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Potty Training

Puppy Blog

Welcome to Foxglove Farm, I love to write about our beautiful Cavachons. You may also find puppy training tips, product reviews, and a few good stories.

Potty Training


If you invest some time & energy up front, and give your puppy few opportunities to make mistakes in the house, you’ll have a house-trained puppy in no time!


This is baby “Bella” she’ll be our poster child for what to do and more importantly what NOT to do to help your puppy navigate through the perilous potty training waters~!  I’ll try to break everything down into baby steps, have everyone stay on this course & your puppy will soon graduate potty training 101~!

Each time your puppy goes outside, go with her if at all possible, (I know life happens but do your best), being present while your puppy is learning this important skill is important for several reasons, you can’t praise good behavior and reinforce with a yummy treat if you are not there to monitor, you can keep puppy focused on the area of the yard you want her to do her business, and most importantly, you’ll know if it’s safe to consider her “empty” because you saw her go,,, that way you’re less likely to bring her back inside only to see her immediately have an accident on the floor because you didn’t ensure that she had done her business outside.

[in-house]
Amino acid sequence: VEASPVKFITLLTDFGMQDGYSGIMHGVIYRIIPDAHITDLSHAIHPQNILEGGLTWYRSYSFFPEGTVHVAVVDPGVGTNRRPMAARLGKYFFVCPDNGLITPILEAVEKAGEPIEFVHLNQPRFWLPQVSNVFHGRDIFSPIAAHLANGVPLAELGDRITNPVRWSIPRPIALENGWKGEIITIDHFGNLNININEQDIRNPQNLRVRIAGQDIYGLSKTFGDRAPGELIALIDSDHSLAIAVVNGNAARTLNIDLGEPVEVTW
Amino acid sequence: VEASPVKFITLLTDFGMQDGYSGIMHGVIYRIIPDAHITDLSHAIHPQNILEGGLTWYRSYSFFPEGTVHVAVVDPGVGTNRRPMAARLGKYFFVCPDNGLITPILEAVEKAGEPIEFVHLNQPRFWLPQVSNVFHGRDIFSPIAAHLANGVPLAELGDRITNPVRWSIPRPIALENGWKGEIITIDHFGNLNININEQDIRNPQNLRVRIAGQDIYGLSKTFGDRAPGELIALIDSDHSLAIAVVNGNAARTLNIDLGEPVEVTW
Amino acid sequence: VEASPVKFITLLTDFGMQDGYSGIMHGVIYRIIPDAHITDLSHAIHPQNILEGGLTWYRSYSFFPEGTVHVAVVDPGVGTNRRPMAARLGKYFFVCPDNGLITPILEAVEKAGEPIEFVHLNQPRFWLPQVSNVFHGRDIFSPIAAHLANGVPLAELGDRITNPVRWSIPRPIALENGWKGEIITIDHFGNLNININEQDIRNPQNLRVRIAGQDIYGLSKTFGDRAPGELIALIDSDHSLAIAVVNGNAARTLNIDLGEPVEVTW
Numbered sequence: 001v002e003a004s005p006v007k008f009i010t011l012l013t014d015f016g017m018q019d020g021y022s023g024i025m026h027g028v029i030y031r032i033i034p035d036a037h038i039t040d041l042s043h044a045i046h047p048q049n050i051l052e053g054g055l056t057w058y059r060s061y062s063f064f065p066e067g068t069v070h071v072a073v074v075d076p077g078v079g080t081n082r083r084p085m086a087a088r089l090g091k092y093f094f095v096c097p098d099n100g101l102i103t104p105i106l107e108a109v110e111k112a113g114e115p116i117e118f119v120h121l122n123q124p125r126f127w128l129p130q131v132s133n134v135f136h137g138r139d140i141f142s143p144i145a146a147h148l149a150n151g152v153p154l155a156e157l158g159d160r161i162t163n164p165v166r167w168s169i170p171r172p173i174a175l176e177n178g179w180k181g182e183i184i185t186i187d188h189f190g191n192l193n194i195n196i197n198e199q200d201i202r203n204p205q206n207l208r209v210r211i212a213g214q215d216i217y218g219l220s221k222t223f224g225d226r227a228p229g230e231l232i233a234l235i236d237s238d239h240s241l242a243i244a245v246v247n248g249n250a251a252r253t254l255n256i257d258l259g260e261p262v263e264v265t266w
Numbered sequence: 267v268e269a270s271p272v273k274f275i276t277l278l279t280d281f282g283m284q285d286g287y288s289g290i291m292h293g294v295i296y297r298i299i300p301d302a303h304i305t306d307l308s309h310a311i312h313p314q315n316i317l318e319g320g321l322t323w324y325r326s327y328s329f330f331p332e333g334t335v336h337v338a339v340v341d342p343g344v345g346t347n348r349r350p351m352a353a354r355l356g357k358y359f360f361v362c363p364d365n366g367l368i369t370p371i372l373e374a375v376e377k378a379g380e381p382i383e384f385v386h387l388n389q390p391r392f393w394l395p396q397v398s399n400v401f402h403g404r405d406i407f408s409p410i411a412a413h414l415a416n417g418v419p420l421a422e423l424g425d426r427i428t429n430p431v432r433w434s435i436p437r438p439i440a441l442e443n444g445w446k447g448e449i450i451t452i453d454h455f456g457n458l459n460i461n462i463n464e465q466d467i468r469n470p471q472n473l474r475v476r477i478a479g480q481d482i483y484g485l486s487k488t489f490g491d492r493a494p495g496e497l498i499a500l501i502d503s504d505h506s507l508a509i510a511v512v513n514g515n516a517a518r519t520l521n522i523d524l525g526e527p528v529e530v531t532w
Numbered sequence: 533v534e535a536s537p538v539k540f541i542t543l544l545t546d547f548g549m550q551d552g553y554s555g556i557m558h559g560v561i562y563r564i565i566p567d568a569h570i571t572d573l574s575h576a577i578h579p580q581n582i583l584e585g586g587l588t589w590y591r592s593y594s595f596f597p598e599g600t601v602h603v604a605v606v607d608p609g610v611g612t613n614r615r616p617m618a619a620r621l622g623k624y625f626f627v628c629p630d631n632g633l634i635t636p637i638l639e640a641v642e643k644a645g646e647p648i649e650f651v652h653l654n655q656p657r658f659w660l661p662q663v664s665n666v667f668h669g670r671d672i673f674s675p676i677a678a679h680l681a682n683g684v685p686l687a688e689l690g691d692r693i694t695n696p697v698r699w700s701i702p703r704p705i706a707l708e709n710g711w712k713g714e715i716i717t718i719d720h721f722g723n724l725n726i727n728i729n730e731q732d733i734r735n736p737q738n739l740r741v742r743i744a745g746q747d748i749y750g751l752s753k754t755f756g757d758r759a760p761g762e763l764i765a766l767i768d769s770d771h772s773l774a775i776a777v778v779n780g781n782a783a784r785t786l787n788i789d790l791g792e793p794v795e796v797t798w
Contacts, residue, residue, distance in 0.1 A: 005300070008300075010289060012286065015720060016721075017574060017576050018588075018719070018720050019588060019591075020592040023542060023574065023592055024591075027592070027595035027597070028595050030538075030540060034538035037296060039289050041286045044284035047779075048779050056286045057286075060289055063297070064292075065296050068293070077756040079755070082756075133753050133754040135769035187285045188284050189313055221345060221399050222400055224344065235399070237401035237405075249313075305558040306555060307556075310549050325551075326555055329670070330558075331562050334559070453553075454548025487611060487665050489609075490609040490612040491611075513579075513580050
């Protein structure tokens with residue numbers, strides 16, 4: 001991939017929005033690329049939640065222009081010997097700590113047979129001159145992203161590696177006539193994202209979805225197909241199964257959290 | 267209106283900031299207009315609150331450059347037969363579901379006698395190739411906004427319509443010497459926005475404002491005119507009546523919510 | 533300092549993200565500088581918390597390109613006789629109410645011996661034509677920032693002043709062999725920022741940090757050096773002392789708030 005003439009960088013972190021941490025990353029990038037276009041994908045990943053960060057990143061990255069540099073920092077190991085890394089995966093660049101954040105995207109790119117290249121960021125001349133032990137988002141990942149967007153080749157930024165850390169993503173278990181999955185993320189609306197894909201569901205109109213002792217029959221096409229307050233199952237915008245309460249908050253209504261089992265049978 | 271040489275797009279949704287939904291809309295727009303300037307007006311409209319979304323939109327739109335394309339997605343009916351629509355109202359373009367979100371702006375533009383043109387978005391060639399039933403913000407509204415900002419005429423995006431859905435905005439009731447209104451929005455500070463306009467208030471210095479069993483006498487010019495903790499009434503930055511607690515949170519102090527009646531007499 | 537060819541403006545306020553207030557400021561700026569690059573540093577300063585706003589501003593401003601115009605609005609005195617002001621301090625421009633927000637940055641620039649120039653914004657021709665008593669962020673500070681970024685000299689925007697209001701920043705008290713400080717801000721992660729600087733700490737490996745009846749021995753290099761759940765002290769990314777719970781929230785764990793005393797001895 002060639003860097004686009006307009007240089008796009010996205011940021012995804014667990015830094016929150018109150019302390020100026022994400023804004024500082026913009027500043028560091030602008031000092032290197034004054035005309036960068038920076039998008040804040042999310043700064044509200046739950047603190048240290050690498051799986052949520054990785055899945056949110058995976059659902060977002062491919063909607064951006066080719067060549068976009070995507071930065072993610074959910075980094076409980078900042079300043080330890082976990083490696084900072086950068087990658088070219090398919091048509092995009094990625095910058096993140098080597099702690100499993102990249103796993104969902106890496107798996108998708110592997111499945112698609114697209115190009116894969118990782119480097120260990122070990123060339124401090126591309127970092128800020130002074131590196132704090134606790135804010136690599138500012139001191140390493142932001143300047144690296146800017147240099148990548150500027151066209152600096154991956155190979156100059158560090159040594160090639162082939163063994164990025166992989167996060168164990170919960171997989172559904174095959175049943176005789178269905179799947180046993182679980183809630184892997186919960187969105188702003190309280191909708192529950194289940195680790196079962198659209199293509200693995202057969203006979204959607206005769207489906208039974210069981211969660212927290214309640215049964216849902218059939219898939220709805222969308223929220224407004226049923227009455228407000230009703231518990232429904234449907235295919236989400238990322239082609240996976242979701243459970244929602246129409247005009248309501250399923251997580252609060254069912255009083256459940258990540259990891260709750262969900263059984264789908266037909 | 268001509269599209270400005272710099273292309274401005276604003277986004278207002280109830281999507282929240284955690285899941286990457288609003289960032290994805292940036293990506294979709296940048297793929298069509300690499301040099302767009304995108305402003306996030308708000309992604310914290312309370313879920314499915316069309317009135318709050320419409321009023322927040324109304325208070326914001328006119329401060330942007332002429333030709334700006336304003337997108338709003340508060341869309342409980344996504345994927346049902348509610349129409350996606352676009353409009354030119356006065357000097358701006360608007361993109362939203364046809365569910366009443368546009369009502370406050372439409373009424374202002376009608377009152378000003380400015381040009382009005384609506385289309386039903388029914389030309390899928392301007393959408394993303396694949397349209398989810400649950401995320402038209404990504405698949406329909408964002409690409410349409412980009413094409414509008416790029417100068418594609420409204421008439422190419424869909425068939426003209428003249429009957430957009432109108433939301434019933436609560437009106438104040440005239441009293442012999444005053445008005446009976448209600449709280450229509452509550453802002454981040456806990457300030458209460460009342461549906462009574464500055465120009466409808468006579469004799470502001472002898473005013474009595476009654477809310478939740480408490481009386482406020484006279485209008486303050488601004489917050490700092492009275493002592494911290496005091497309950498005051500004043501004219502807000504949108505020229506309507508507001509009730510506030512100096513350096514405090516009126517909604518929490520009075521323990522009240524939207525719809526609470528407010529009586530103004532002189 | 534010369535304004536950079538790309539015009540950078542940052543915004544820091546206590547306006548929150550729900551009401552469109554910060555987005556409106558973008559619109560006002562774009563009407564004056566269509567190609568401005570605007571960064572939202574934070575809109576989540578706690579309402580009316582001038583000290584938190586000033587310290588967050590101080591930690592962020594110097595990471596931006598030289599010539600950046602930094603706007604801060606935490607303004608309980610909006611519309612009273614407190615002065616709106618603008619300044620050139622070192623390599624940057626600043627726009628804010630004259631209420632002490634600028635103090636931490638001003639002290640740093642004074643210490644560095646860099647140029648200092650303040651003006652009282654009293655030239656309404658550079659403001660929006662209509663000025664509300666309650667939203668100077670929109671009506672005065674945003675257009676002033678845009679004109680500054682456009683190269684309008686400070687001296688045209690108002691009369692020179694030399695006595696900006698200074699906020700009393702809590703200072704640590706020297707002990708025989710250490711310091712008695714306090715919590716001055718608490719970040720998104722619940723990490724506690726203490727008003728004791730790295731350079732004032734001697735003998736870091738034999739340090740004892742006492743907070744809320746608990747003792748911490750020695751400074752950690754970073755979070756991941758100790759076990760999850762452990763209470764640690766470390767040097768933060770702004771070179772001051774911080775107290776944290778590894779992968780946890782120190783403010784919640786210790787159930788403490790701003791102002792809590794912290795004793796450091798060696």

When puppies first get outside, it’s only natural and good that they have time to run around a bit and vent puppy energy (remember TIRED PUPPIES ARE GOOD PUPPIES), that being said, it’s also easy to let puppy play and zoom around and scoop her up to go back inside and realize that it was indeed all a play time and she forgot to go because she was having too much fun.  

It’s very important to balance interacting with her

and yet not distract her too much from the business at hand.  


Keep a sharp eye out for pre-potty behavior, sniffing the ground, circling, and stand still, stop speaking (be a tree!) until she finishes, then enthusiastic praise,,, this is important too,,, don’t leap and shout for joy (though you might be tempted that thank goodness FINALLY she seems to be getting it!), instead, use her name, making the vowel sounds long and full of quiet praise: “Bella, gooooood giiiiiirl, go potty outside,,,, goooood girl!” Then quickly, (remember, have great timing) a bit of treat for a job well done. (You want to reinforce that good behavior with a double reward, your praise & a puppy cookie).  Never forget what an important tool your voice is, use it wisely, softly, keep commands and praise short and not too wordy,,, “OH BELLA!!! GOOOOD GIRLLL! GOOOOD DOG!!!! OH WHAT A GOOD DOG GO POTTY OUTSIDE NOT ON MOMMA’S CARPET” etc, you get the point : )